Drum roll please … Having gone through a week of voting for the favourite films directed by Alfred Hitchcock on a decade by decade basis, this was meant to lead to a top 10, though we ended up with a tie for the 1950s and so I decided to turn it into a top 11 instead!
And these are how those results got ranked – so in reverse order (to maintain, you know, some suspense, beginning on the cusp of the switch from silent to sound cinema:
11. Blackmail (1929) – total number of votes cast: 21 in the first round, 0 in top 11 poll
This too little seen film, based on the play by Charles Bennett that had a short London run with Tallulah Bankhead (later the star of Lifeboat) in the lead, was started as a silent movie and then partly re-shot as a talkie. Both versions are very strong and both are one of my personal all-time favourites. You should check it out!
10. The Lodger (1926) – total number of votes cast: 38 in the first round, 0 in top 11 poll
Easily the most dynamic and flashy of the silent Hitchcock movies and the best-known, it is easy to get hold of and is a terrific thriller very much imbued with the German Expressionistic style.
9. Notorious (1946) – total number of votes cast: 34 in the first round, 3 in top 11 poll
This is one of my favourites and I thought it might do better, with its exquisite performances by Cary Grant (never better), Ingrid Bergman (never more ravishing) and Claude Rains as the suavest of mother-dominated Nazis – it was, incidentally, remade without any acknowledgement as Mission Impossible II.
8. The 39 Steps (1935) – total number of votes cast: 41 in the first round, 3 in top 11 poll
The prototype for the Hitchcock man-on-the-run thriller, with Robert Donat making for a diffident but charismatic hero and Madeleine Carrol a very game and sexy Hitchcock blonde.
7. The Lady Vanishes (1938) – total number of votes cast: 47 in the first round, 4 in top 11 poll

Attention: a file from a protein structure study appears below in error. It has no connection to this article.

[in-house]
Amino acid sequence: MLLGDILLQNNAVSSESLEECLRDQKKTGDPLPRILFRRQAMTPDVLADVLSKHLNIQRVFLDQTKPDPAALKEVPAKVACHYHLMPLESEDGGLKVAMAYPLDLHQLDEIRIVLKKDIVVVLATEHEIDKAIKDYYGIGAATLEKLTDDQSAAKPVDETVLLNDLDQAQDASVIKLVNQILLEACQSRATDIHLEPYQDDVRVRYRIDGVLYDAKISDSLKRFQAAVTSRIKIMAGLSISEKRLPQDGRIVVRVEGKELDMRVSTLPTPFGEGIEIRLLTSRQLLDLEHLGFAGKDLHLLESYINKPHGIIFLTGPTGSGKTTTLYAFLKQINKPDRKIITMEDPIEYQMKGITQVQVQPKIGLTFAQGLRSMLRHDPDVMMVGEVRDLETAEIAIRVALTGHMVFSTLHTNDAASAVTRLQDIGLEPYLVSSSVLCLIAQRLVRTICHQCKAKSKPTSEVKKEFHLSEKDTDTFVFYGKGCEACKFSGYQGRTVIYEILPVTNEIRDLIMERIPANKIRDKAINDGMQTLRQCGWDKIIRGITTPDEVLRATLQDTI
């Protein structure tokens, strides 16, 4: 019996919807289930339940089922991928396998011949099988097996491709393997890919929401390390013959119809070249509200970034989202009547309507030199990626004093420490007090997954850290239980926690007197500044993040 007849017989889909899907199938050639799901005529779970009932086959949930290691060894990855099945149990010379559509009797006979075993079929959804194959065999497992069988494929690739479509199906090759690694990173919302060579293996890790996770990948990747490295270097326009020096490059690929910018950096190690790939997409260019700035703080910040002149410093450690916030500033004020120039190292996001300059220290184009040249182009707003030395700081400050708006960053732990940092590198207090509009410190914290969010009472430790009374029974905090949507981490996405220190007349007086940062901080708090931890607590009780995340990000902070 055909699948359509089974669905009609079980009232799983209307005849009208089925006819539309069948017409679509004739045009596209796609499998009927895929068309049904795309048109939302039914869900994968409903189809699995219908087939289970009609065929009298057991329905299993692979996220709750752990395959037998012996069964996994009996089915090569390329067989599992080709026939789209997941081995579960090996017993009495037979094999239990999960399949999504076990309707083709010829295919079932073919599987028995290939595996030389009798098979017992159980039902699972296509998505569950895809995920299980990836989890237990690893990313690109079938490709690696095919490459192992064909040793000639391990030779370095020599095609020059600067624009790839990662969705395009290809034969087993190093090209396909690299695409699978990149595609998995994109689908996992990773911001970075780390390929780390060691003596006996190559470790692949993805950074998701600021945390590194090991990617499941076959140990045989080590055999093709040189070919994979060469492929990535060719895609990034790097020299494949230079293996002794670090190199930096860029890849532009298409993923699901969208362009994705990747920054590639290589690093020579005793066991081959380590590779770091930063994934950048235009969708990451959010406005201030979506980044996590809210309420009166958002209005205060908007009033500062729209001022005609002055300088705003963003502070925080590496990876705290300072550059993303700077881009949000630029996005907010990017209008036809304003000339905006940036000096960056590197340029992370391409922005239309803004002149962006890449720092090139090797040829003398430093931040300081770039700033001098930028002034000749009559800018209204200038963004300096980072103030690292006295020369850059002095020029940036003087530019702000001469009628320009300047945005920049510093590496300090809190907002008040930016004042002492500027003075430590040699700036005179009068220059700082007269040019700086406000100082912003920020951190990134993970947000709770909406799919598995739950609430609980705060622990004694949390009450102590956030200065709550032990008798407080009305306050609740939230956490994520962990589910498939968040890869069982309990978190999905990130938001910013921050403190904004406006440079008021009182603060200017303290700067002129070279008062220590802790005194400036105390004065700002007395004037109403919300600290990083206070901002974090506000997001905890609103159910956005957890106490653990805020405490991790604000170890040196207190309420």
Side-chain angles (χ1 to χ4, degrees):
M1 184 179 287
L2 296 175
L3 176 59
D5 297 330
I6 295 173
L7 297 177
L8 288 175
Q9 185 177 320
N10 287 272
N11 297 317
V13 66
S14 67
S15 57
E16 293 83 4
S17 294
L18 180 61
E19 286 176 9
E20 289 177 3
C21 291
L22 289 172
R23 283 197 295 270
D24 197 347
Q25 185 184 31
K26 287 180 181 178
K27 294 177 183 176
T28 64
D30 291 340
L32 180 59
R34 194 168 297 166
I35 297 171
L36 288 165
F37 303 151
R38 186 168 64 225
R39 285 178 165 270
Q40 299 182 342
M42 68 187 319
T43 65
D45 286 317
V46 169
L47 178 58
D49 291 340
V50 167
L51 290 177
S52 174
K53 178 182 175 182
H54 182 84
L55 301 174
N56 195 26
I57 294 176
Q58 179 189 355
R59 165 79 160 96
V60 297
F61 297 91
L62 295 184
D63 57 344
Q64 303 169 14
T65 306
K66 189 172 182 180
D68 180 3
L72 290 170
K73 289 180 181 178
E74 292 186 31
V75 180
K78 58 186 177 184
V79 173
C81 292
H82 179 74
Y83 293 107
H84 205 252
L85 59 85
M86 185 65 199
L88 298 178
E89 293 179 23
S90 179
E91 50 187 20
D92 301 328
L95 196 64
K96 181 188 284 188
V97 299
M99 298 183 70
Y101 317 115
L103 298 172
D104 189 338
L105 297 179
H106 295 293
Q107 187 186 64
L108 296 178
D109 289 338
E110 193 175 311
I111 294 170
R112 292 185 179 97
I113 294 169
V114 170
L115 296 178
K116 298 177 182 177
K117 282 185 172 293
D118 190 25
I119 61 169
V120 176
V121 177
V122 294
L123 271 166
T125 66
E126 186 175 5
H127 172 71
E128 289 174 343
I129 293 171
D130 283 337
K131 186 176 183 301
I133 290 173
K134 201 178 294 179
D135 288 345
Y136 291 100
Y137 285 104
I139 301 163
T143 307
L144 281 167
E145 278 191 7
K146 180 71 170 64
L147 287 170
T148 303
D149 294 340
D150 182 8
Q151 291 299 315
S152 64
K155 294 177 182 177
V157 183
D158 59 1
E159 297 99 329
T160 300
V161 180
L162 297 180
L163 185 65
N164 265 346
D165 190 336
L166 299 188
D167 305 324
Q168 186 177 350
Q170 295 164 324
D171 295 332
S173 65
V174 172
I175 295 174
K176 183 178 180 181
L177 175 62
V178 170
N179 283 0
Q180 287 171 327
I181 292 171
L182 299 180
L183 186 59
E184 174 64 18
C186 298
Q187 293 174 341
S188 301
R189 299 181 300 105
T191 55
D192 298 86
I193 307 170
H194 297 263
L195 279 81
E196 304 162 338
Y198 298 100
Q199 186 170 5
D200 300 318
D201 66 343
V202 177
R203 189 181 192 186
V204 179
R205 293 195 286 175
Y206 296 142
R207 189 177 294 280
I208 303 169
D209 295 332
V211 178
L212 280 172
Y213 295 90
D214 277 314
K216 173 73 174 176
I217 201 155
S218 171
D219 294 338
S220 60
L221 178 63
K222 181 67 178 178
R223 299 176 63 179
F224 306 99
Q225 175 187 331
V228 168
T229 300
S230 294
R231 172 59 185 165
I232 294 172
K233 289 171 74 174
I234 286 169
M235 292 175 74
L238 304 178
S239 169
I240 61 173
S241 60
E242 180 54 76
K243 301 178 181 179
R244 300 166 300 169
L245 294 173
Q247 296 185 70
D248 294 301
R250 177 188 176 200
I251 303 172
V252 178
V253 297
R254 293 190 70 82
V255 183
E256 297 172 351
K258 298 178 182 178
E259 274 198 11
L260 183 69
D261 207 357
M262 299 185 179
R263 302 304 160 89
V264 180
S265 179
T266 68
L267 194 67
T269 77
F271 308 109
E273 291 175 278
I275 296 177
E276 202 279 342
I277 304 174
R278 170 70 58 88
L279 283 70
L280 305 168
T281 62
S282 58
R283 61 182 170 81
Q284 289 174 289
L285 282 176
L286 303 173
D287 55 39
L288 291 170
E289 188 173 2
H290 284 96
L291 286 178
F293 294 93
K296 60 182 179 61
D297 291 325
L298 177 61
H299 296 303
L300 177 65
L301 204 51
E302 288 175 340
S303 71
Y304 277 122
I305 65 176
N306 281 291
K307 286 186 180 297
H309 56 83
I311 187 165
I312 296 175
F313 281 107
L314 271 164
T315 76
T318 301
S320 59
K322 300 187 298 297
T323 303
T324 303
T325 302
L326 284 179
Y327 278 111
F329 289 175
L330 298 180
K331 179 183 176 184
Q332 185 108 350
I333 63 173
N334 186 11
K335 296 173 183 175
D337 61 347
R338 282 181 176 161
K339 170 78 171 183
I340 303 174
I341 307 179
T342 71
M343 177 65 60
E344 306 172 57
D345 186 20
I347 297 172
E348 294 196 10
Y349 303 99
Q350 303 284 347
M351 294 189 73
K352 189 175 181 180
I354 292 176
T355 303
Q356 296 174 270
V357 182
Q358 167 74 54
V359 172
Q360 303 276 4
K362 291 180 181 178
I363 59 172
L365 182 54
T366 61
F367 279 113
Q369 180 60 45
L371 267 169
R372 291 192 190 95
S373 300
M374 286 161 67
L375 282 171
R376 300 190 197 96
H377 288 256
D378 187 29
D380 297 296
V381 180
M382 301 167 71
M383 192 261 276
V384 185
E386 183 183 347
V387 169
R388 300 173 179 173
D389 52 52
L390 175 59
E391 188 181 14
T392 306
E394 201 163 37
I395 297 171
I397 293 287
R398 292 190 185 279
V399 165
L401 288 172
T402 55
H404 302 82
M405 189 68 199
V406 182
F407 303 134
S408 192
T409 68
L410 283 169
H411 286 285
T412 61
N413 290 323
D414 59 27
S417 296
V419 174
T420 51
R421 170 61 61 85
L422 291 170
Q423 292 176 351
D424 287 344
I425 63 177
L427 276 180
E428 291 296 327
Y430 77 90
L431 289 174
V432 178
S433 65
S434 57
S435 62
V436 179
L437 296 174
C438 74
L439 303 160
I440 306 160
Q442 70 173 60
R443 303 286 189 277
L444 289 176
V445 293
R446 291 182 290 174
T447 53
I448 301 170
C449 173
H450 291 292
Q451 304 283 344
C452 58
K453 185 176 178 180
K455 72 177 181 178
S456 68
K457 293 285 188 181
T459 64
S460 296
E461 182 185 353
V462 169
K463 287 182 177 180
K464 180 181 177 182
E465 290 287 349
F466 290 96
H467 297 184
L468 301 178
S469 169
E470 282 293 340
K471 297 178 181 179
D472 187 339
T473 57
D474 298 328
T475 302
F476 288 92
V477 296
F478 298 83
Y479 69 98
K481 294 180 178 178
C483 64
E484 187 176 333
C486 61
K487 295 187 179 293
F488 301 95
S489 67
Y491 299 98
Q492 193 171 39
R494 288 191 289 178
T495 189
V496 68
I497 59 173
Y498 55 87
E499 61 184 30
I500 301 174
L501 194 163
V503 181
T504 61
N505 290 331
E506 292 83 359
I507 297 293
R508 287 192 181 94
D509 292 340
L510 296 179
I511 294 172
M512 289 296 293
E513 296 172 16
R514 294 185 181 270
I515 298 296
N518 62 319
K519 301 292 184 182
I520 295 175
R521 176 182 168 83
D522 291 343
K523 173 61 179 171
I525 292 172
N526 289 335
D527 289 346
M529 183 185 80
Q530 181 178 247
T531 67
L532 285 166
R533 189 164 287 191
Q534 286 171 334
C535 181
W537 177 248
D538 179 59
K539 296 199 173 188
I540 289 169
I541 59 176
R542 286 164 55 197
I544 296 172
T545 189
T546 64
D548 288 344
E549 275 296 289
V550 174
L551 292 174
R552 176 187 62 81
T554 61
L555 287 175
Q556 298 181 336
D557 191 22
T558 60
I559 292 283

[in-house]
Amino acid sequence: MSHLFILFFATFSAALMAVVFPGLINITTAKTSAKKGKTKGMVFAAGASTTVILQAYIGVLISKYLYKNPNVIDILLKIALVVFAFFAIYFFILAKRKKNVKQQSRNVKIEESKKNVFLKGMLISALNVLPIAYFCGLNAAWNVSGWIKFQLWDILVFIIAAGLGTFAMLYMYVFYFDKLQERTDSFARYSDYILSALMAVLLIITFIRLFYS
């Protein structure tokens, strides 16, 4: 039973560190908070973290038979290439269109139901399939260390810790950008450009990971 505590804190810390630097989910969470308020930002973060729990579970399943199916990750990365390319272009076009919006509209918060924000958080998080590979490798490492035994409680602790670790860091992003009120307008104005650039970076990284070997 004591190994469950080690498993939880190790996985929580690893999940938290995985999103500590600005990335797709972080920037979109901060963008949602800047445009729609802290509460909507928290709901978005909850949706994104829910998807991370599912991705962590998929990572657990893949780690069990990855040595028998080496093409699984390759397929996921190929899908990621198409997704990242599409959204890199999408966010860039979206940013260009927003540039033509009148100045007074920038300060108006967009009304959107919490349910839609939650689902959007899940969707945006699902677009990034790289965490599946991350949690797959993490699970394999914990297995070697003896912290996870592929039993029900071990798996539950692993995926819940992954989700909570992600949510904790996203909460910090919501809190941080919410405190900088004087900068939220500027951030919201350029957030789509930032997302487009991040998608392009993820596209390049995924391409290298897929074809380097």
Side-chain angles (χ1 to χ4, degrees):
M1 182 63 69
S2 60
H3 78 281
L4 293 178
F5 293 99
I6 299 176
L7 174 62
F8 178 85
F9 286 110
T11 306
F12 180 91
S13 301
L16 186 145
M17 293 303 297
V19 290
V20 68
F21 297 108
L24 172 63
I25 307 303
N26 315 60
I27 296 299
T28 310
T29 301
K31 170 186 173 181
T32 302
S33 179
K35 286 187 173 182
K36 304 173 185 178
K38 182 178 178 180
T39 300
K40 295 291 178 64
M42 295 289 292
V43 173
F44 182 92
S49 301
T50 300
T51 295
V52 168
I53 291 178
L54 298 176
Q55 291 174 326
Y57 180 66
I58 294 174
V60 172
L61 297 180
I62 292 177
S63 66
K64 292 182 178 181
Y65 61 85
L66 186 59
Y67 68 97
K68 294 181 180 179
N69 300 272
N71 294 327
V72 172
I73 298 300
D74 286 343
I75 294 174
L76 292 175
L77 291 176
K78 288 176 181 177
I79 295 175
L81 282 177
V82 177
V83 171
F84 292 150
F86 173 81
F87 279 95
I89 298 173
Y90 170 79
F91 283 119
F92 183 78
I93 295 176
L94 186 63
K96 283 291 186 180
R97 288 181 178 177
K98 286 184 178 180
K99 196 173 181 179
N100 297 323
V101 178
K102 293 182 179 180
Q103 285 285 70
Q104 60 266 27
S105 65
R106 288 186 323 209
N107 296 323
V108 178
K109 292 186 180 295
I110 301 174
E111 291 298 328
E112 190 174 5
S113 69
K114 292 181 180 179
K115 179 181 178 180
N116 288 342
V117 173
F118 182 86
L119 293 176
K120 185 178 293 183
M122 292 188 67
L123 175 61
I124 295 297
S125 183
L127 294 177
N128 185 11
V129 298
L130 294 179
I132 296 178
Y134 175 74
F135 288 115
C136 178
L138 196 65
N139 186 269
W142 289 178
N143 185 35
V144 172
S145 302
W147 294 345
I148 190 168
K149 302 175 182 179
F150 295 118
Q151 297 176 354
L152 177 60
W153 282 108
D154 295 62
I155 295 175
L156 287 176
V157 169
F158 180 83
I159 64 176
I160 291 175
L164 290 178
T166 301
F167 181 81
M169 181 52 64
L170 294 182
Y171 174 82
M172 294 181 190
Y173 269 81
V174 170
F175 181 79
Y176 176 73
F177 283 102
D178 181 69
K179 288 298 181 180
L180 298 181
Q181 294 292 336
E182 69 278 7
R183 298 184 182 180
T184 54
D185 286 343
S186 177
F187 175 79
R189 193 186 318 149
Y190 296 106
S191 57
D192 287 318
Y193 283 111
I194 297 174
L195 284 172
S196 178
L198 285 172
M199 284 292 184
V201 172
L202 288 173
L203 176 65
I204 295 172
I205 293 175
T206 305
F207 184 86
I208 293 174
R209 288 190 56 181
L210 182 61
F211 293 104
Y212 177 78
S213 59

Though Hitchcock inherited this one at the last-minute from a project prepared for Roy William Neill (later the director and producer of the Rathbone and Bruce series of contemporary Sherlock Holmes films), this is a classic train movie. It has remained a favourite ever since its original release, thanks to a superb cast and a classic script by the team of Sidney Gilliat and Frank Launder, which introduced the immortal, cricket loving duo of Charters and Caldicott (played to perfection by Naunton Wayne and Basil Radford).
6. The Birds (1963) – total number of votes cast: 40 in the first round, 4 in top 11 poll
After the success of Psycho, Hitchcock took a long time to come up with a follow-up – this scary and apocalyptic tale of an unexplained bird attack on a small village is full of memorable set-pieces and a dark and strange subtext involving a romantic triangle. It is far from perfect, but it is also a film that refuses to give up its secrets even with repeated viewings, which to me is always a good sign.
… and the top 5 are:
5. Shadow of a Doubt (1943) – total number of votes cast: 35 in the first round, 7 in top 11 poll
Hitchcock’s own personal favourite, and it is still easy to see why, a genuinely creepy movie about the dark underbelly found in a quiet, middle class American town. Joseph Cotten was never better.
4. Psycho (1960) – total number of votes cast: 50 in the first round, 9 in top 11 poll
Hugely popular, and with reason, this was a classy adaptation of Robert Bloch’s breakthrough novel and remains as good now as it was then, its black humour ever more evident with repeated viewings (“We all go a little mad sometimes”).
This leads us into a tie for second place and an exceptionally tight race to the top, with only 1 vote standing between an overall winner and a three-way split!
2. Rear Window (1954) – total number of votes cast: 42 in the first round, 15 in top 11 poll
Easily one of the director’s finest film, a superb exercise in paranoia and voyeurism, mixing humour and suspense in sublime proportions, with James Stewart, Grace Kelly and Thelma Ritter perhaps never better than in this clever tale by Cornell Woolrich, scripted with great panache by John Michael Hayes.
2. Vertigo (1958) – total number of votes cast: 40 in the first round, 15 in top 11 poll
This was the one I voted for, a deeply romantic, poetic and pessimistic film about betrayal and lost love that remains utterly haunting and truly unique in the Master’s entire oeuvre.
1. North By Northwest (1959) – total number of votes cast: 40 in the first round, 16 in top 11 poll
A surprise winner for me, this most entertaining spy thriller, written by Ernest Lehman, sees Cary Grant as the ultimate stooge, mistaken for a secret agent who doesn’t exist. And Eve Marie Saint as the foxiest blonde in any Hitchcock movie, with James Mason and Martin Landau more than holding their own as the villains, all to the marvellously exciting score by Bernard Herrmann.
Thanks to all of you for voting – this has been a real thrill.